• Parental Abandonment: Neither Umi's nor Shun's birth parents are around, most are dead. Umi lives with her grandmother, Shun with his adoptive parents. Averted later in the film when Umi's mother returns from America.
  • Poor Communication Kills: A non-fatal example, but a lot of Umi's and Shun's problems would have been prevented if Umi's father told his friend that Shun was NOT his biological son when he gave him the newborn. In his defense, it's ludicrous to assume anyone saw this fiasco coming.
  • Reasonable Authority Figure: Chairman Tokumaru, who jokes with Mizunuma, Shun, and Umi about their playing hooky to meet him in Tokyo and ultimately allows Quartier Latin to remain standing. This is in stark contrast to the Konan principal, who tries to go forward with demolishing Quartier Latin despite an impressive student-run remodeling effort and the student population swinging from 80% for demolition to a majority against.
  • Replacement Goldfish: Umi's parents decided to give the newborn Shun to a couple who lost their child. The couple loved Shun right away.
  • The Reveal: Shun was given to the Kazamas by Yuichirou Sawamura, Umi's father. Yuichirou actually had Shun adopted and registered as part of his family to keep him out of an orphanage after the boy's real father, Hiroshi Tachibana, was killed.
  • Scenery Porn: It's Studio Ghibli, though the hills are covered by buildings, not grass.
  • Shipper on Deck: The entire school is all for Shun/Umi.
  • Slice of Life: Covering a few weeks in 1963 Japan.
  • Stuff Blowing Up: The chemistry club causes an explosion as an Establishing Character Moment.
  • Surprise Incest: Invoked and subverted.
  • The Sixties: The time period the film is set in, amplified by real songs being in the film, such as Sukiyaki.
  • Theme Naming: Umi (sea) and her siblings Riku (land) and Sora (sky). Umi's is especially notable given her connections to sailors.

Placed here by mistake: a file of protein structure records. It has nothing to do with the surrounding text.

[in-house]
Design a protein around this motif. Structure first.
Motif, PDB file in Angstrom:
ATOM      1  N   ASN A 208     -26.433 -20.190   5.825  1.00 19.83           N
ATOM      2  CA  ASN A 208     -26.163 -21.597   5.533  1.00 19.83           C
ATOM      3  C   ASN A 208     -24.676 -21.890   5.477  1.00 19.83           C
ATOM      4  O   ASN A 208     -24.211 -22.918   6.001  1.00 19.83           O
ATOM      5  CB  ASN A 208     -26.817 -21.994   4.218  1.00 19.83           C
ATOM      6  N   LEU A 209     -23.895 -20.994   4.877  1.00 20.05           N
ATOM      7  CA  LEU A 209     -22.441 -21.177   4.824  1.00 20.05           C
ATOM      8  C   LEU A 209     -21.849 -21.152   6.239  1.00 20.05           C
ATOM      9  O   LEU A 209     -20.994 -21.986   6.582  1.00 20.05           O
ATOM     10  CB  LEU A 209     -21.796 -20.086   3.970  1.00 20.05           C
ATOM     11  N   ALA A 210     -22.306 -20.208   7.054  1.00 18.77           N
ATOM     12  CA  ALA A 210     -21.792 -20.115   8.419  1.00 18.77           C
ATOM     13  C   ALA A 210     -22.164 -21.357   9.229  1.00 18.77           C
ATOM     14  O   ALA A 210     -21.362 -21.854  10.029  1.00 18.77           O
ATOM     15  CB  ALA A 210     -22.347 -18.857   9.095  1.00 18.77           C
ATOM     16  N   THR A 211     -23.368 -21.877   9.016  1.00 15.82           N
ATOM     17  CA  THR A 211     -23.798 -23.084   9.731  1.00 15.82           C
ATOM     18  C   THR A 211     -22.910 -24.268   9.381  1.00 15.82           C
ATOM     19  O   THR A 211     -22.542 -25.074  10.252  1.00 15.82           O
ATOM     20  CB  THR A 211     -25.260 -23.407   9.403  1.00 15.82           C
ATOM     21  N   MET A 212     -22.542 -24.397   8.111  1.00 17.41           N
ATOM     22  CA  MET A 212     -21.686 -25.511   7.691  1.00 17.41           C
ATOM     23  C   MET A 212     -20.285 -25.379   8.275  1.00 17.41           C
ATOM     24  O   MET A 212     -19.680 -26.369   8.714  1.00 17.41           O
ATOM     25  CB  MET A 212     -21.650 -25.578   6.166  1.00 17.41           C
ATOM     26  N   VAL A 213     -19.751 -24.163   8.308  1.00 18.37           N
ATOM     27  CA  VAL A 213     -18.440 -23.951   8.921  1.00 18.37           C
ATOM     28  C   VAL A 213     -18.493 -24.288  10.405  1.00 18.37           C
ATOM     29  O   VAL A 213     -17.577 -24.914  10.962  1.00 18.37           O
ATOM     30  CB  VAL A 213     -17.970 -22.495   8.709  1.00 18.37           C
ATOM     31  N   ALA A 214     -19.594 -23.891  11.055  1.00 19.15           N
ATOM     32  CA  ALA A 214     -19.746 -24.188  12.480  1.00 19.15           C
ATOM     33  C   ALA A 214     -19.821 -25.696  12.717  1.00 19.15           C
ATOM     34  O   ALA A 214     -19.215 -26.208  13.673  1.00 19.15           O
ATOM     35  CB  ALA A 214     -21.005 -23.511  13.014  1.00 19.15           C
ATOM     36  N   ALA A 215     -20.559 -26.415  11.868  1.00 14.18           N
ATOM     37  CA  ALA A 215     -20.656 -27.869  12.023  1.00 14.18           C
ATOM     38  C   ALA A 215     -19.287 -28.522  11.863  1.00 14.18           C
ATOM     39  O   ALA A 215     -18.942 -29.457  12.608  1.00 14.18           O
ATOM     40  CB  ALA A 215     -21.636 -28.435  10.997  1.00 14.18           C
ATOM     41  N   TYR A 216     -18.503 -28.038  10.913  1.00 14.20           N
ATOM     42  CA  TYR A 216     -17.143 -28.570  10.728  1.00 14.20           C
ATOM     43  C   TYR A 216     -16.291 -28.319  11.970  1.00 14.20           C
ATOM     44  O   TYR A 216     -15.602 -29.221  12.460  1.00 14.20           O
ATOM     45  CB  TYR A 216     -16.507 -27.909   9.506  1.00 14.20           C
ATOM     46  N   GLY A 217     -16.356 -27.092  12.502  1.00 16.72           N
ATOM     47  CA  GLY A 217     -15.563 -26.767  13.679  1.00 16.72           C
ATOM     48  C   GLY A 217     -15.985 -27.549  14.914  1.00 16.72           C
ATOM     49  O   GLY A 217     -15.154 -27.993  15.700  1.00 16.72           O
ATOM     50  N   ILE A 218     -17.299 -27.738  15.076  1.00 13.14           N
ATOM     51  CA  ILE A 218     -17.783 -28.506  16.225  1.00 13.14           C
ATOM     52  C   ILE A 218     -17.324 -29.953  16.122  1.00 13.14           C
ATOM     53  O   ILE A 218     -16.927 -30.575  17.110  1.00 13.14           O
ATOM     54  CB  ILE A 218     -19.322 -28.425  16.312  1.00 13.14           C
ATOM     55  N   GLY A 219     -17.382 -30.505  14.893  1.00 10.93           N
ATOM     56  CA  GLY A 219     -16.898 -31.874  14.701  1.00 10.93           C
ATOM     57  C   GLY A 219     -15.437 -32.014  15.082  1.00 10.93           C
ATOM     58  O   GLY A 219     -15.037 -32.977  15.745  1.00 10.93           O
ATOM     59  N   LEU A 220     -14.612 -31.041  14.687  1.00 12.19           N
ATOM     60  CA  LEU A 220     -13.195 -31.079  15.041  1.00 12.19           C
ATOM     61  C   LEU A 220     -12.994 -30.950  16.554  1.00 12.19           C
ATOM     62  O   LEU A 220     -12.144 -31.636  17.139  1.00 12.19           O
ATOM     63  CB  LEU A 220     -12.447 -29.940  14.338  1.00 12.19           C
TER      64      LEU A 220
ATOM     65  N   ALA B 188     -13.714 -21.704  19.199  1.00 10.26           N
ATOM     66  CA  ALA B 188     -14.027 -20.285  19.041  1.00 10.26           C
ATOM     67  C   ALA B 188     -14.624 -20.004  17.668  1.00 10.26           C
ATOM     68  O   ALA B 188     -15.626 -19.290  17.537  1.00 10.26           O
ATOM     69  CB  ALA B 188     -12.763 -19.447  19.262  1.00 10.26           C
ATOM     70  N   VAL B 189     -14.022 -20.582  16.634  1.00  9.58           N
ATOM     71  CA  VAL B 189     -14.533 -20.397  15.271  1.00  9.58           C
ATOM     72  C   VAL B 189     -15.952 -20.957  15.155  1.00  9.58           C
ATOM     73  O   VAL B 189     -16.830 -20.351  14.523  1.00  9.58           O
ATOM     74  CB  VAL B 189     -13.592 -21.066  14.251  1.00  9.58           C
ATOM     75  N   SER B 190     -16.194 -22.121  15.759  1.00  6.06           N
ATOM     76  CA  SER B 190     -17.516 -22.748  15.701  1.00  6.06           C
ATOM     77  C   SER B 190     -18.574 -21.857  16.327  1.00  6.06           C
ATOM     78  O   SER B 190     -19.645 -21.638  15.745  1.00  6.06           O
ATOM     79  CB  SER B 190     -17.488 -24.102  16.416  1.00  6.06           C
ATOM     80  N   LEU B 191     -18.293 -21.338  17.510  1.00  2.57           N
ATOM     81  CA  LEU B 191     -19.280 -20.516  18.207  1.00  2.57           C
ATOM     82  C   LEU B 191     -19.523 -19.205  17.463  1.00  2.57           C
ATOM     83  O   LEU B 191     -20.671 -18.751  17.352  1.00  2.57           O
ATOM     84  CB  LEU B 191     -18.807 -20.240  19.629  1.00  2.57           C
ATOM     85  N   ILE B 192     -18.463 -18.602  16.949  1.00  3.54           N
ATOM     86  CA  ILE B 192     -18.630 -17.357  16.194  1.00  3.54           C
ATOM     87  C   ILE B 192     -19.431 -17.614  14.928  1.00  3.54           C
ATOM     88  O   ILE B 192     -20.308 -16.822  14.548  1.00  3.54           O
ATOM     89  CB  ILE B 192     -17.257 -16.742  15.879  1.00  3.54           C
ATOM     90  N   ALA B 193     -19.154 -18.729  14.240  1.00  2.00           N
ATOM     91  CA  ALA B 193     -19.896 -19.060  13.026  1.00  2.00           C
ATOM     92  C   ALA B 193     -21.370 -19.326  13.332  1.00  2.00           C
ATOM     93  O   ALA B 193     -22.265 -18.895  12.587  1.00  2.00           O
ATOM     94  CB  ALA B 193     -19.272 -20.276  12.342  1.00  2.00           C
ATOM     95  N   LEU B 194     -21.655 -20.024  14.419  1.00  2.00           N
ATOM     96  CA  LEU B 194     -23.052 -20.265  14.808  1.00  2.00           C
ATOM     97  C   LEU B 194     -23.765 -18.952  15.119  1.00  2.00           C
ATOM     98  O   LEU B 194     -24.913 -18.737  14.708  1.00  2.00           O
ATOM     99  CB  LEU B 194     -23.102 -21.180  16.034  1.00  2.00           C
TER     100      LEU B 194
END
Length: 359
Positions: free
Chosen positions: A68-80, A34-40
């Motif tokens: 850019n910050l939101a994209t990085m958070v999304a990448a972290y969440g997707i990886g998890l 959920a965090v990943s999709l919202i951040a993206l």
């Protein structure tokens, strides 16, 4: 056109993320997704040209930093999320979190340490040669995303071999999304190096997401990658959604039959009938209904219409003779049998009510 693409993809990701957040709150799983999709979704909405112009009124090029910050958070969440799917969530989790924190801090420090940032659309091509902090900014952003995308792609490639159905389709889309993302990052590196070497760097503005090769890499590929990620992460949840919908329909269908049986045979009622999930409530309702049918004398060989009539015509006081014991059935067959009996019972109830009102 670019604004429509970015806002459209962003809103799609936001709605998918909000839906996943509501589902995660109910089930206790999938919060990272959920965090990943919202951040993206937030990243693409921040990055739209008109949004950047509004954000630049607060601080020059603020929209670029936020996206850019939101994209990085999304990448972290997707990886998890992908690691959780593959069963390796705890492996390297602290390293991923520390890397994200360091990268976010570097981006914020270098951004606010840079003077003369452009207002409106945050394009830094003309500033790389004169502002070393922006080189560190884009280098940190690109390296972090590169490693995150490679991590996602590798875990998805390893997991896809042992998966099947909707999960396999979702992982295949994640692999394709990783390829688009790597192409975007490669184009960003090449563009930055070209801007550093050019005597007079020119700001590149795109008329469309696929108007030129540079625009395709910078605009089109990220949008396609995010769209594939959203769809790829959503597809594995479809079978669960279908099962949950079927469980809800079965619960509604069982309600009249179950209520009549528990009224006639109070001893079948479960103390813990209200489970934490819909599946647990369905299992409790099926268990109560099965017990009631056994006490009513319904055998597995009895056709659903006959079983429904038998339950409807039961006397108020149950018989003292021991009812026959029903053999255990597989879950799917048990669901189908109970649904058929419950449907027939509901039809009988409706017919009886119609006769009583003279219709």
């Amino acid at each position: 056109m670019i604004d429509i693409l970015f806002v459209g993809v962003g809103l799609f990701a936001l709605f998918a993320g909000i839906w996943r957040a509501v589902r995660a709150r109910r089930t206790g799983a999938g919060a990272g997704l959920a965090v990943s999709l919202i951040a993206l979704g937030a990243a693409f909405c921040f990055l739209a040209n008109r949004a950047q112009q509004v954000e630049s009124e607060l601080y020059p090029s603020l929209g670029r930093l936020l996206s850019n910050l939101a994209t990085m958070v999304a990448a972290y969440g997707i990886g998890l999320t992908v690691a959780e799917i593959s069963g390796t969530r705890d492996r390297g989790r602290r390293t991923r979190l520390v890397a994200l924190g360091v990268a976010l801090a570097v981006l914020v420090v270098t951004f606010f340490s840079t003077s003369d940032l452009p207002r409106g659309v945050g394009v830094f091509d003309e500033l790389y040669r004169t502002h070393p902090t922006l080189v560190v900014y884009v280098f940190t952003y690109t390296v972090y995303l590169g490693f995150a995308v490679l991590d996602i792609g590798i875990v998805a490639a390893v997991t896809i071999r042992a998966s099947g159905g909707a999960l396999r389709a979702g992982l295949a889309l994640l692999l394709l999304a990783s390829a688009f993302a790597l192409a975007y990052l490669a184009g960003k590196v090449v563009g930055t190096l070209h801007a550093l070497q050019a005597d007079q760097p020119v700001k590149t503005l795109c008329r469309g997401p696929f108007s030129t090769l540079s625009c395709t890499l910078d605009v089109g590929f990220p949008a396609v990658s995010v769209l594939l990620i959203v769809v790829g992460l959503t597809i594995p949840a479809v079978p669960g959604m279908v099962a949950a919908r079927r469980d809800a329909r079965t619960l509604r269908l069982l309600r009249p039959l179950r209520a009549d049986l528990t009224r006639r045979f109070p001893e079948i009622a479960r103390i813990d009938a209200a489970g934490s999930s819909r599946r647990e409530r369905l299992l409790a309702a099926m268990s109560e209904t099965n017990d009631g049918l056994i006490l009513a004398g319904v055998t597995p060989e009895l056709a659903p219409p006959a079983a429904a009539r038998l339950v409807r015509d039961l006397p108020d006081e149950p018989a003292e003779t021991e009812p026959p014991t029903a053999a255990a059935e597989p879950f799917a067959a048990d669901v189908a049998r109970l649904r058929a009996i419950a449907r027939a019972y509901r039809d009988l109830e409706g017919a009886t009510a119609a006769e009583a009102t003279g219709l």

• Tears of Joy: Umi cries heavily after her mother reveals to her Shun's background which proves they are not related by blood.
  • Trash of the Titans: The interior of Quartier Latin practically counts as Scenery Gorn. It's implied that the building has never been cleaned.
  • Troubled Fetal Position: What Umi does in her bed after the revelation that Shun could be her brother.
  • True Companions: Umi's father Yuichirou Sawamura was excellent friends with two other men, Hiroshi Tachibana and Yoshio Onodera. Yuichirou impulsively adopted the late Hiroshi's son Shun but ended up giving him away to another couple. It's the still living Yoshio who confirms Shun and Umi are in fact Not Blood Siblings.
  • Umbrella of Togetherness: Umi and Shun at one point in the movie. Unfortunately, this is followed by their Second-Act Breakup...
  • Uncomfortable Elevator Moment: The extreme crowding in the elevator in Tokyo forces Umi and Shun to press up their whole bodies against each other, which is extremely awkward due it following on the heels of their Second-Act Breakup.
  • We ARE Struggling Together: Downplayed. The clubhouse may have dozens of clubs, but that doesn't mean they get along together in the slightest. The Philosophy and Chemistry clubs are in particular at odds with one another.
  • Will They or Won't They?: We don't see the answer, but the roadblock is cleared.
  • Wise Beyond Their Years: Umi and Shun both.